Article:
The key and value objects may either be Strings or Node.js Buffer objects. Other object types are converted to JavaScript Strings with the toString() method. Keys may not be null or undefined and objects converted with toString() should not result in an empty-string. Values of null, undefined, '', [] and new Buffer(0) (and any object resulting in a toString() of one of these) will be stored as a zero-length character array and will therefore be retrieved as either '' or new Buffer(0) depending on the type requested.

A richer set of data-types are catered for in LevelUP.

options

The only property currently available on the options object is 'sync' (boolean, default: false). If you provide a 'sync' value of true in your options object, LevelDB will perform a synchronous write of the data; although the operation will be asynchronous as far as Node is concerned. Normally, LevelDB passes the data to the operating system for writing and returns immediately, however a synchronous write will use fsync() or equivalent so your callback won't be triggered until the data is actually on disk. Synchronous filesystem writes are significantly slower than asynchronous writes but if you want to be absolutely sure that the data is flushed then you can use 'sync': true.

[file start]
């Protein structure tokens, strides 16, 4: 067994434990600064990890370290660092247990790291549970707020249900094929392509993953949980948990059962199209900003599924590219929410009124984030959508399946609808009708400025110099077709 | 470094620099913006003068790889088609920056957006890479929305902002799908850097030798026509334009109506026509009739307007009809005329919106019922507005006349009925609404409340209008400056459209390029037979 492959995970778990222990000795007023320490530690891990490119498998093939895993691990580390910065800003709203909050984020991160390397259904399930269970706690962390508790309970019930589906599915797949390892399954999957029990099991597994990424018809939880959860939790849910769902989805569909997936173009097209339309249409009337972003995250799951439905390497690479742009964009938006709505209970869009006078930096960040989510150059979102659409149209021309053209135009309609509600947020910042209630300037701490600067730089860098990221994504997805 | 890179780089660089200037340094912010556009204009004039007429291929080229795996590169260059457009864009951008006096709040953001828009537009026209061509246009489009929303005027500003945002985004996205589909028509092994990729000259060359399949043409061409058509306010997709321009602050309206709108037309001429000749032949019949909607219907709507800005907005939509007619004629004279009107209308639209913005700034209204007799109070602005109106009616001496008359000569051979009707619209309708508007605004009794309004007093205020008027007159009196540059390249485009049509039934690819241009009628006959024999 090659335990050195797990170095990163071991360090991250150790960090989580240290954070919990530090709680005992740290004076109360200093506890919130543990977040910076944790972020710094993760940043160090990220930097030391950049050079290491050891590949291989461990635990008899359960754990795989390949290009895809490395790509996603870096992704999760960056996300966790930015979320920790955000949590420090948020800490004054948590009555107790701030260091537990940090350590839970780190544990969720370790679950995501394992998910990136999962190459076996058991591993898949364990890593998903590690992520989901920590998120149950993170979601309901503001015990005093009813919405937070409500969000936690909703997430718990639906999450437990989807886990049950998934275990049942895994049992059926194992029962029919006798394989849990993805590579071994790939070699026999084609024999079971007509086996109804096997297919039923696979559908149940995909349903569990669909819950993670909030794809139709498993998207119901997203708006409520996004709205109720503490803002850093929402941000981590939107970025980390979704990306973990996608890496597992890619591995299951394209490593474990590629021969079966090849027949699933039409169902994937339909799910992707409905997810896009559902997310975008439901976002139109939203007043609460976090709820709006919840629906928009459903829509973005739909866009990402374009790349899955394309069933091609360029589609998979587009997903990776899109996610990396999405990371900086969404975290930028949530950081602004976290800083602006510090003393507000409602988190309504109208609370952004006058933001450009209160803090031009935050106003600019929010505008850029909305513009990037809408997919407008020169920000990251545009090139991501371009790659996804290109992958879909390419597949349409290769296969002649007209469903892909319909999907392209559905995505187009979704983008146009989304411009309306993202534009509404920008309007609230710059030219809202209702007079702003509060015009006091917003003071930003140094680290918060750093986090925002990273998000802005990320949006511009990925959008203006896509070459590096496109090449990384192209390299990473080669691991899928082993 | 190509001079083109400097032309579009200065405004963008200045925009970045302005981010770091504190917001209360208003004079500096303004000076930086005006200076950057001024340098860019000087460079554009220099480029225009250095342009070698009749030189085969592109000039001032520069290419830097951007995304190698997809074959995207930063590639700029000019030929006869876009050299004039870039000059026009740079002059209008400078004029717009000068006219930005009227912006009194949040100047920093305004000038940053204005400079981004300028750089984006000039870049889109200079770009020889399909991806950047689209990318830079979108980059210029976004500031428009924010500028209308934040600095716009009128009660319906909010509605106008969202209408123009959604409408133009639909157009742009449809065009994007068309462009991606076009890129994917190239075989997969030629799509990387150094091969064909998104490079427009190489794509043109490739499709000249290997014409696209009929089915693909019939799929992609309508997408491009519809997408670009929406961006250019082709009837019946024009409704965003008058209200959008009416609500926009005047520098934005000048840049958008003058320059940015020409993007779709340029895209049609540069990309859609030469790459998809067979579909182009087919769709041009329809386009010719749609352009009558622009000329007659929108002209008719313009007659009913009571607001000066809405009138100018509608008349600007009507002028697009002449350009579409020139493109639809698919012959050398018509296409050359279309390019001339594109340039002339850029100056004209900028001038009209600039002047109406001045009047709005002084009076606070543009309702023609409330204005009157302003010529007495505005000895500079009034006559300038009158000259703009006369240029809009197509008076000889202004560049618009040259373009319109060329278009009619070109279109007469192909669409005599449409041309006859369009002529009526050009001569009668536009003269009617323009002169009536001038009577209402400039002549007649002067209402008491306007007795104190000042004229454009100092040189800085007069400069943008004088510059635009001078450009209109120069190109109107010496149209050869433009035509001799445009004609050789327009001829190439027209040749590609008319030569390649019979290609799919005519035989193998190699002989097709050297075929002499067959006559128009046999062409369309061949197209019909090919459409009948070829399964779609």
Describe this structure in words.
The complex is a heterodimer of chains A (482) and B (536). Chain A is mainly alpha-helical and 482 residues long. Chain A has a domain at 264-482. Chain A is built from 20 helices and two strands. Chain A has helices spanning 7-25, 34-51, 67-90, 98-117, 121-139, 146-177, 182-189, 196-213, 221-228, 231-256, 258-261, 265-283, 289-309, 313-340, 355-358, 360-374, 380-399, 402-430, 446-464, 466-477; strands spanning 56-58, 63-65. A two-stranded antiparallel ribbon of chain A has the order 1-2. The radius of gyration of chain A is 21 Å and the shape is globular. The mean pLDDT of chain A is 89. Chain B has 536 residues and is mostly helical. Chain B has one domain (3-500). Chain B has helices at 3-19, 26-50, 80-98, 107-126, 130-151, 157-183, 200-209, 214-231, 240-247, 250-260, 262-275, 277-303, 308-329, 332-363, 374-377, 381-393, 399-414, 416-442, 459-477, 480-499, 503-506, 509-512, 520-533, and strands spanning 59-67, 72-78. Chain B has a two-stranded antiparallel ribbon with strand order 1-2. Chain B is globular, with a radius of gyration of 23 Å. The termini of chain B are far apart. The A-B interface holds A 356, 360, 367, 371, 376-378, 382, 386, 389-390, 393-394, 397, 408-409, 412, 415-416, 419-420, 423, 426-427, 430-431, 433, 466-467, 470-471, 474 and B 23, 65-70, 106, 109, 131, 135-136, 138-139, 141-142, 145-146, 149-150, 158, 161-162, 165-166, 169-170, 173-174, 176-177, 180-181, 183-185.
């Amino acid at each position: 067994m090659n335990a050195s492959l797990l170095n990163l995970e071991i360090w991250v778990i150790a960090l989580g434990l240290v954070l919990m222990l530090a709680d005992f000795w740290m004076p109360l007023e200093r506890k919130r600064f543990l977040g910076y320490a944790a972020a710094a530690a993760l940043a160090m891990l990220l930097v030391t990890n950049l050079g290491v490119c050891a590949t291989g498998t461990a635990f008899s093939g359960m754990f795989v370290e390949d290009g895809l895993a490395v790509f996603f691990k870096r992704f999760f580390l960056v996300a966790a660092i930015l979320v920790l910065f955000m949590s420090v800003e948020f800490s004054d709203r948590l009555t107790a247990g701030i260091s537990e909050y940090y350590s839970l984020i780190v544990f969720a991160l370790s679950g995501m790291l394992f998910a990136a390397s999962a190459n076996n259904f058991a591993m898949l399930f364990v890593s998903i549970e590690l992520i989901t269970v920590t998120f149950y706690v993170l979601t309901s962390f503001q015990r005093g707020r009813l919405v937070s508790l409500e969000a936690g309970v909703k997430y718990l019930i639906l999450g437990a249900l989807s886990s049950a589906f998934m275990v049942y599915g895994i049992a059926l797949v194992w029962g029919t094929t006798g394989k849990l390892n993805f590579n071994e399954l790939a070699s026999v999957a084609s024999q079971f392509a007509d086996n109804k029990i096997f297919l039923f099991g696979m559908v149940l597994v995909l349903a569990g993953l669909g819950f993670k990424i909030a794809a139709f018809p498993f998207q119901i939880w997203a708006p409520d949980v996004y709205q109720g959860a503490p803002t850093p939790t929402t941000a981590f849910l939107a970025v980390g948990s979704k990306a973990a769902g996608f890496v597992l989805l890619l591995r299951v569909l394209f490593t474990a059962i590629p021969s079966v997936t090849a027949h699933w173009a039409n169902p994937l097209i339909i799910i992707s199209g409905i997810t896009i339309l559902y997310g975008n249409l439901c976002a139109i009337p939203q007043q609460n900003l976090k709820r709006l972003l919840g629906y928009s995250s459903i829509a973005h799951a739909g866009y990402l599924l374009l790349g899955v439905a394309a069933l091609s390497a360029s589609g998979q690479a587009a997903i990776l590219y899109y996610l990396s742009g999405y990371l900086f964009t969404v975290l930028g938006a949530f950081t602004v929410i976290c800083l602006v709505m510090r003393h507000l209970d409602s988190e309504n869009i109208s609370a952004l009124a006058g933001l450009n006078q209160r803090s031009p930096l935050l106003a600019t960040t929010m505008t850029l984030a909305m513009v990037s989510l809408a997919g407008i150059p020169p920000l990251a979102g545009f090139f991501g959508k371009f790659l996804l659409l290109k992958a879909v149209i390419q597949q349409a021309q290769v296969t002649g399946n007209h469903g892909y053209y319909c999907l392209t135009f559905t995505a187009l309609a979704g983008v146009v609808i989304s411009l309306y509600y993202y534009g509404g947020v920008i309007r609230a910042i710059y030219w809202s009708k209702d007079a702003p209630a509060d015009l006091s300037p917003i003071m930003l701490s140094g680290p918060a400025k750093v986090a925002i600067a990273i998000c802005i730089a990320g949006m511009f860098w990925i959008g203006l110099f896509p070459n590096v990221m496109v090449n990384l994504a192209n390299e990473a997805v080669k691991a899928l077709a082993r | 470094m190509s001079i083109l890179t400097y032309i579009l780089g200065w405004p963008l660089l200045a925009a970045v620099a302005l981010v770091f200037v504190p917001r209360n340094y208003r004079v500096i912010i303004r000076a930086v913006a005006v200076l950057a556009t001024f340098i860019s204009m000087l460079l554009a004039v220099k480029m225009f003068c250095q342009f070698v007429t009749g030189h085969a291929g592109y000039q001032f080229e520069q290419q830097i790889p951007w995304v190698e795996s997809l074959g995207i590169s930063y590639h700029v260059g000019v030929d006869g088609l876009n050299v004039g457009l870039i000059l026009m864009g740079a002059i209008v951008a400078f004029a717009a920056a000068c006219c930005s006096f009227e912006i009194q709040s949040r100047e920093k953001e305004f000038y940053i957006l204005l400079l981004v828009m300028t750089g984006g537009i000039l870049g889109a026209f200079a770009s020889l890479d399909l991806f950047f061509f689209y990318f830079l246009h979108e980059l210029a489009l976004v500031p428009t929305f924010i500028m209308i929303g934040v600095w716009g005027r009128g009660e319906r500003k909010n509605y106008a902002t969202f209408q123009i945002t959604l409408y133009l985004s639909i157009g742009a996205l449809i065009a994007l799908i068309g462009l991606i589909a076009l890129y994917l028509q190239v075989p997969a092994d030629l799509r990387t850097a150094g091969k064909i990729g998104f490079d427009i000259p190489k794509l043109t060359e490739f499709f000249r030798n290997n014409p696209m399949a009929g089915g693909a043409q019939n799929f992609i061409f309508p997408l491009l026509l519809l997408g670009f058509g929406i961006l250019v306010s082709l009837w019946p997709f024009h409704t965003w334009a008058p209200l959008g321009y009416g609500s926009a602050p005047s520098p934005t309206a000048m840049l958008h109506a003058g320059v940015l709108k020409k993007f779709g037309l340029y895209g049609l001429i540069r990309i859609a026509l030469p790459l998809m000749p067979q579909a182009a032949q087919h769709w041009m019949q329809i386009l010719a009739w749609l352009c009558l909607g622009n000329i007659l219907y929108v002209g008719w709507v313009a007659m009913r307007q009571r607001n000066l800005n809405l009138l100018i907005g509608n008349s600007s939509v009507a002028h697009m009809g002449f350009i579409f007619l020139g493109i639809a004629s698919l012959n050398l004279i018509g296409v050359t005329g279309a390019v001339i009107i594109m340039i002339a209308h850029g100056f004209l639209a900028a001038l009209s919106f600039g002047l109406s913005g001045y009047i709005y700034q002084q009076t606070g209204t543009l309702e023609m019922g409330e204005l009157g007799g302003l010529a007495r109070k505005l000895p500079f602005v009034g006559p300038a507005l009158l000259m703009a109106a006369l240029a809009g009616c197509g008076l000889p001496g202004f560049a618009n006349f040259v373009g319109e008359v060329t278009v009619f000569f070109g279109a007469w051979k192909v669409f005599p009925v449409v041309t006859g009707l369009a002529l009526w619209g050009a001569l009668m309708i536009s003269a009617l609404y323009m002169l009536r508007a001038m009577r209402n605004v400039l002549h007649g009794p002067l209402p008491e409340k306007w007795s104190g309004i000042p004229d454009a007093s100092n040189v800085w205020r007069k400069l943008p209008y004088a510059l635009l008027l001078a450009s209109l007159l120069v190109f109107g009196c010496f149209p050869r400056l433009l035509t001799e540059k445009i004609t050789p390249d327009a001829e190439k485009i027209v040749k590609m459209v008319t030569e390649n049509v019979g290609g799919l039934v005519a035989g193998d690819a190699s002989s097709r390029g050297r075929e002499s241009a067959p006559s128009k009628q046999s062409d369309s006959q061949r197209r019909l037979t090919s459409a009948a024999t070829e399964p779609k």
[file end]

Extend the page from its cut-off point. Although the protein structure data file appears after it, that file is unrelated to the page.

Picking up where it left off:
The callback function will be called with no arguments if the operation is successful or with a single error argument if the operation failed for any reason.


leveldown#get(key[, options], callback)

get() is an instance method on an existing database object, used to fetch individual entries from the LevelDB store.

The key object may either be a String or a Node.js Buffer object and cannot be undefined or null. Other object types are converted to JavaScript Strings with the toString() method and the resulting String may not be a zero-length. A richer set of data-types are catered for in LevelUP.

Values fetched via get() that are stored as zero-length character arrays (null, undefined, '', [], new Buffer(0)) will return as empty-String ('') or new Buffer(0) when fetched with asBuffer: true (see below).

options

The optional options object may contain: